In spite of this image, Torino is one of the most beautiful Italian cities with its art, culture and parks. So much so this year the New York times selected Torino among their 52 travel destinations for 2016… I’m getting taller as I’m writing it, much taller! Finally, my non Italian friends, my students and hopefully my husband we’ll start to believe me and consider a trip to Turin. Click here to see the article on the New York times. More facts about Torino are coming soon… stay tuned!

Turin has earned a place in the New York Times’ list of must-see destinations, thanks to its successful transformation from Italy’s former industrial capital into a tourist destination.

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Role-Playing

Italian grinds Cork

A great day at the market here in Piccolitalia. Fruttivendoli, verdurieri (fruit and veg vendors) e clienti molto, molto esigenti (very demanding)! We learned how to ask for fruit and veg, for the bill and for a discount… and everything in the Formal Register! These will be valuable skills in Italy for our students and their parents!Italian conversation Cork

We always have great fun here with our role-plays and we really learn so much. They are the best way to implement what we learned and we always discover something new. As in real life situations the language used is not only verbal, but we have to use our body language… and considering that we are learning Italian… we use it a lot (as you all know we speak a lot with our hands)! In fact, role plays give us the opportunity to work not only on the Communicative competence, but they also help develop Language Awareness and Intercultural Awareness and they allow us to practice both registers (formal and informal).

Fluency classes Italian CorkRole-Playing boosts our confidence and prepares us for real situations we are going to face in Italy, so students are always very keen, motivated and enthusiastic to role-play. We implement Role-Playing methodology very successfully not only with children, but also with adult students especially during our Fluency classes. In fact, we are all ready for our holidays here at Italiancork: we went to the restaurant, the market, we bought new clothes and shoes, we got on the right train, asked for information in the street, checked in and out in the hotel… and next week we’re Italian grinds Corkgoing to the birreria (the Italian version of a pub)… so role-plays are a win win: we learn Italian, we get ready to face real life situations, and we have fun (scientific research proves that we learn much more when we are having fun)!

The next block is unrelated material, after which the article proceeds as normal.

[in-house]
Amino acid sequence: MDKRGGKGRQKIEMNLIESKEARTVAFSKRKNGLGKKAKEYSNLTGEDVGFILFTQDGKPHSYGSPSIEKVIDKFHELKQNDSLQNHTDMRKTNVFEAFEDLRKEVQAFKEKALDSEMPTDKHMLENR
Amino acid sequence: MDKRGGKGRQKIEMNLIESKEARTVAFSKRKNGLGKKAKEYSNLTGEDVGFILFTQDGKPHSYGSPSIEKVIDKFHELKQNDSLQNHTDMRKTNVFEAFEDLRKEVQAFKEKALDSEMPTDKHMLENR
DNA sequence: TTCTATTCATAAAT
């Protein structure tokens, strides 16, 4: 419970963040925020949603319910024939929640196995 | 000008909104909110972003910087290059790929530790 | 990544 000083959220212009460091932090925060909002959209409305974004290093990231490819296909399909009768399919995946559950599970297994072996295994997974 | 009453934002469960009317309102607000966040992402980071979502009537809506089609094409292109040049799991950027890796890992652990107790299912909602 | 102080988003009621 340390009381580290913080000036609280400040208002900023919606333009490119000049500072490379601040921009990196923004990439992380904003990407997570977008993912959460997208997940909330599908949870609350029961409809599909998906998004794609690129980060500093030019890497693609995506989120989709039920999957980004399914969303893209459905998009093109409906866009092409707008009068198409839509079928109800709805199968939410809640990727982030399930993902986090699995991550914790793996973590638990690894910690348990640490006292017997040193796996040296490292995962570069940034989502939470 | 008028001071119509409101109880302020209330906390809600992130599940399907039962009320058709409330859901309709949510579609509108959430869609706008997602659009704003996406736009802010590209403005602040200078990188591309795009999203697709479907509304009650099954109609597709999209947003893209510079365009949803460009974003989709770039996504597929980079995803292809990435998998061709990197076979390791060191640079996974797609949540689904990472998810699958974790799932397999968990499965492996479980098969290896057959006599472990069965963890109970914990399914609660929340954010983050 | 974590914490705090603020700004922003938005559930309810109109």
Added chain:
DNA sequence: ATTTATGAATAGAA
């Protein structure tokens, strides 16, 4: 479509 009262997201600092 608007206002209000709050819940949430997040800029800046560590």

So are you ready to get your apron and your hat on? Let’s go, we’re
going to the market today…. SIGNORA BELLA, SIGNORA BELLA OGGI ABBIAMO LE Italian for Children CorkMELE A UN EURO E CINQUANTA AL KILO… UN AFFARE SIGNORA, UN AFFARE!

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Benvenuti alla sezione ‘I modi di dire italiani’

Idioms (modi di dire in italiano) are essential parts of any language. They are ingrained in people’s history, culture and life and they reflect the way we perceive and express reality through our language. They are not essential, but they really make a difference in the way you master a language and how integrated you feel in the country you are living. When I first came to Ireland, eight years ago, I could barely survive with my English, idioms where the last of my problems. As my English improved I studied and got accustomed to several idioms… not all of them, of course! With an idiom we say things, we hint things and we understand things in a more immediate way without need of as many words.

Here in this section, we’ll see a few Italian ‘modi di dire’ … but, remember, they will never finish!

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Piantala!

Piantala!

This is very funny. Many of you know that we have the verbo piantare which means to plant. La is an object pronoun and stands for it. So, literally, it means: plant it! We actually use it when someone is annoying us (ci dà fastidio) and after a few warnings (smettila, lasciami in pace and so on) we raised our voice and we say Piantala!

We can also say: Vuoi piantarla?

In English you’d just say: stop it!

So, now you know… when an Italian person is annoying you… just go for Piantala!

In bocca al lupo! Never heard of this one… check here!

Italian idioms

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DUE PIEDI in UNA SCARPA

DUE PIEDI in UNA SCARPA

Avete mai avuto due piedi in una scarpa??
Would you be comfortable with 2 feet in one shoe?

Let’s say that the guy in the picture, Marco, should choose a girlfriend, but he can’t or he doesn’t want to. So he keeps up both relationships with lots of consequences, such as sleep deprivation, lots of complains from both girlfriends and very little time for himself… because it is very difficult to have: due piedi in una scarpa!

We can say this modo di dire any time that someone is not choosing between 2 options and they should.

Learn Italian Cork

Not very comfortable… is it?

Italian Idioms

Ecco Marco!